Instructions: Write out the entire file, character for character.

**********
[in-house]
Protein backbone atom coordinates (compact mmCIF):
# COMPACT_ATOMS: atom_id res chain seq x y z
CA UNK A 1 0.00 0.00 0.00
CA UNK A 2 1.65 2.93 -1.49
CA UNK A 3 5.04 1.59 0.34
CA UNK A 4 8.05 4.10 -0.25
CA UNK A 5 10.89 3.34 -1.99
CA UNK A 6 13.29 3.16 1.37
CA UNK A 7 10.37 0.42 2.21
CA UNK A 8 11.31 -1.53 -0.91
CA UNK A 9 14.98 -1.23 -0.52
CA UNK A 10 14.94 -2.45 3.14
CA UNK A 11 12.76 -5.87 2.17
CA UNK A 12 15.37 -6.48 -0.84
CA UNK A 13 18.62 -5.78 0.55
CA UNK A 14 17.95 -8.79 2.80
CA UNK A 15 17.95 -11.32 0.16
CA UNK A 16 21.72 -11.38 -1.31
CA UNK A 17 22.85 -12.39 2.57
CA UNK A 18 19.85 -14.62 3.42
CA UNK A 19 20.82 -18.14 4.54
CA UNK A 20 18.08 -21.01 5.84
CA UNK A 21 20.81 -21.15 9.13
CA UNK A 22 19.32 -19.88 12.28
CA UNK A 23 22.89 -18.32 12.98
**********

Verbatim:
[in-house]
Protein backbone atom coordinates (compact mmCIF):
# COMPACT_ATOMS: atom_id res chain seq x y z
CA UNK A 1 0.00 0.00 0.00
CA UNK A 2 1.65 2.93 -1.49
CA UNK A 3 5.04 1.59 0.34
CA UNK A 4 8.05 4.10 -0.25
CA UNK A 5 10.89 3.34 -1.99
CA UNK A 6 13.29 3.16 1.37
CA UNK A 7 10.37 0.42 2.21
CA UNK A 8 11.31 -1.53 -0.91
CA UNK A 9 14.98 -1.23 -0.52
CA UNK A 10 14.94 -2.45 3.14
CA UNK A 11 12.76 -5.87 2.17
CA UNK A 12 15.37 -6.48 -0.84
CA UNK A 13 18.62 -5.78 0.55
CA UNK A 14 17.95 -8.79 2.80
CA UNK A 15 17.95 -11.32 0.16
CA UNK A 16 21.72 -11.38 -1.31
CA UNK A 17 22.85 -12.39 2.57
CA UNK A 18 19.85 -14.62 3.42
CA UNK A 19 20.82 -18.14 4.54
CA UNK A 20 18.08 -21.01 5.84
CA UNK A 21 20.81 -21.15 9.13
CA UNK A 22 19.32 -19.88 12.28
CA UNK A 23 22.89 -18.32 12.98